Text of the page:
"The guys who danced around with Berg's head are going to be running the energy supply of planet earth if we run away at this point," said Terence H. Brown, a military historian, lawyer, and an officer in the U.S. armed forces reserves who currently lives in Central Florida.

Middle Eastern extremist factions, he thinks, "are meaner and tougher than anyone in the eastern hemisphere... and they are multitalented." While trying to seize control of the world's oil, he added, "they are going to do whatever it takes to eliminate any obstacles to the [global] establishment of Sharia," the Islamic regulations of worship, ritual, jurisprudence and politics. And at some point, he thinks, "They will get nukes."

"Even weapons inspector Kay said that Saddam had to be dealt with," Brown said. "Who besides Iraq had the best chance of getting nukes to the Jihadis?"

Like many other people–including both liberals and conservatives–Brown thinks it is highly important for democracy to reach the Mideast and North Africa because democracy creates peace. "Name a war between two democracies," he suggests. There have been almost none. But every other form of government fights its own kind and each other.

"Republicans, at least the boldest ones, have consistently advanced democracy since 1952," he said. "While a few times they have sided with authoritarians against totalitarians, the regimes defended evolve towards democracies," although he admits that evolution may have been in part because Democrats insisted that they progress in that direction.

But why, one might wonder, would the Bush administration be better able to deal with the threat from the Middle East? Its members, according to Brown "are movers and shakers" who are aggressively trying to spread democracy to the region.

Kerry, on the other hand, "is the only guy I know who has changed his mind on three wars: Vietnam, Kuwait, [and] Iraq," Brown said. As to the difference between Kerry's service record and Bush's, he added, "everyone downplays the personal physical risks [he] took in defending America. Lots of fighter pilots die... in training. Two of Bush's contemporaries got killed."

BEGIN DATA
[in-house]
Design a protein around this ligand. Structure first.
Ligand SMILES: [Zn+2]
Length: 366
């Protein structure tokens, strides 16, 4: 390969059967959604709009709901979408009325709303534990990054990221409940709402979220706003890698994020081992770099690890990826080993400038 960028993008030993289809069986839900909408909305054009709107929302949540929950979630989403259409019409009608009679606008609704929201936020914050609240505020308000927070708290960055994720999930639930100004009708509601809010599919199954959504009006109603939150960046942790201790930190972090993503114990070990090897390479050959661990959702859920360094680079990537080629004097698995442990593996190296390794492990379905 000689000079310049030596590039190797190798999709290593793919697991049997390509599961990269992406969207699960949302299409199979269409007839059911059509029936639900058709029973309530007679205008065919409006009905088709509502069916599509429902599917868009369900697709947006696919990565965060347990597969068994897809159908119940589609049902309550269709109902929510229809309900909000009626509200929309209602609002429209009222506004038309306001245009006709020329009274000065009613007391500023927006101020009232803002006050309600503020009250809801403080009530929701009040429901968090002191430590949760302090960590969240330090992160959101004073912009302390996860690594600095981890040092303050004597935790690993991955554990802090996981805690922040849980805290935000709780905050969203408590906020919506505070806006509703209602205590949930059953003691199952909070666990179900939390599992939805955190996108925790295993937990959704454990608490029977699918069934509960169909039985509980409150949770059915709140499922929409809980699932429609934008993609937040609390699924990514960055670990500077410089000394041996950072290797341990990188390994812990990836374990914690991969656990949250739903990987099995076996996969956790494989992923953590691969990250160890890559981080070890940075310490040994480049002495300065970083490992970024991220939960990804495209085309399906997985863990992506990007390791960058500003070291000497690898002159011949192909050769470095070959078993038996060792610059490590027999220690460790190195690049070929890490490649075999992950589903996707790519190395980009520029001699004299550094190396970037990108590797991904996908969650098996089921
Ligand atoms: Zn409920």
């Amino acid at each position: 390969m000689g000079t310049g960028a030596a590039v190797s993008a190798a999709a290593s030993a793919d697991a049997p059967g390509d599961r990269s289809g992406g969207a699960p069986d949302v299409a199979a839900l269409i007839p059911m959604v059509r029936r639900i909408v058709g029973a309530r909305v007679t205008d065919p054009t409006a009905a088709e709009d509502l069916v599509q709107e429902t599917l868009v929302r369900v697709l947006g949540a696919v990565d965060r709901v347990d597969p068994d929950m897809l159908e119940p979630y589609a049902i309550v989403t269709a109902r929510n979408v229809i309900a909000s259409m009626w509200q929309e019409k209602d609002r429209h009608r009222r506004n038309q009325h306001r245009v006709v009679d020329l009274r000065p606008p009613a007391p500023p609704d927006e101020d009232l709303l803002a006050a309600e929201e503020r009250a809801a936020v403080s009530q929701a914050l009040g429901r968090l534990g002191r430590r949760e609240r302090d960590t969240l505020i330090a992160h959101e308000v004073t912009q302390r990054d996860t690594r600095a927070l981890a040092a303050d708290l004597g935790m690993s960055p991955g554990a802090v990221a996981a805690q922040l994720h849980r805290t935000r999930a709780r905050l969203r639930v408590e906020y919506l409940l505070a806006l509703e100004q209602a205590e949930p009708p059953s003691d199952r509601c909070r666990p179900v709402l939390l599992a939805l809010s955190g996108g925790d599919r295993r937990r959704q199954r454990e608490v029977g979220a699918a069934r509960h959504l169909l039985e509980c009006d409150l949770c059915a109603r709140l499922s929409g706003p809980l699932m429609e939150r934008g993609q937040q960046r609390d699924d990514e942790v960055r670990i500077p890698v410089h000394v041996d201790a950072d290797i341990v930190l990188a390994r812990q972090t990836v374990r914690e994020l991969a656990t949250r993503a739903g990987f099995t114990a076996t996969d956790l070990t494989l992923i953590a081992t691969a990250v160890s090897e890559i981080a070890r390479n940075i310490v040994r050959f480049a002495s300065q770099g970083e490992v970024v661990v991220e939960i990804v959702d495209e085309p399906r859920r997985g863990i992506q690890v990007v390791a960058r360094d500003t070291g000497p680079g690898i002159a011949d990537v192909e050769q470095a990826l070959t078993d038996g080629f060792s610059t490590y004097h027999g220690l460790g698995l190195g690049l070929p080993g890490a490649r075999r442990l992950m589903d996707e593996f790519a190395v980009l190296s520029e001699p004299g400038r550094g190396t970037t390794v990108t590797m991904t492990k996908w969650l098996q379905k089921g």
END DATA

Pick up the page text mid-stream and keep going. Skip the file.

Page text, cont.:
Almost daily, however, news from Iraq gets worse. As reports of Americans torturing prisoners hits the news, for example, the president's approval rating plummets. "I have to say that the whole West Virginia National Guard, Mapplethorpe-type humiliation party embarrassed every American who wears a uniform," Brown said.

The incidents also put a lot of Americans in danger; more people on both sides will likely die as a result of the abuses. But in the prisoner abuse scandals, Brown holds the officers at fault.

"As an officer, you know some of your [subordinates] come from the places and culture that produced [events like] the sodomizing hazing at football camp and the girls' football team hazing–hitting the new girls in the head, shoving feces in their hair... As an officer, you are supposed to work with the senior NCOs to make sure that stuff doesn't happen."

If the CIA or other agency issued instructions that led to the abuses, he said, "That is where an officer should step in and say, 'Sorry, soldiers may die if we do not get the info from these prisoners, but we are not going to torture them.'"

Brown agrees with Hamil that mass electronic media, and network television news in particular, is a poor source of information and that voters who rely on TV news coverage are likely to be less than well-informed.

He does, however, feel that the media in general shows more diversity than in the past. Despite the predominate ownership of the networks and even major newspapers by large corporations, it is possible to get both sides of the issues, largely because of the growing influence of the Internet.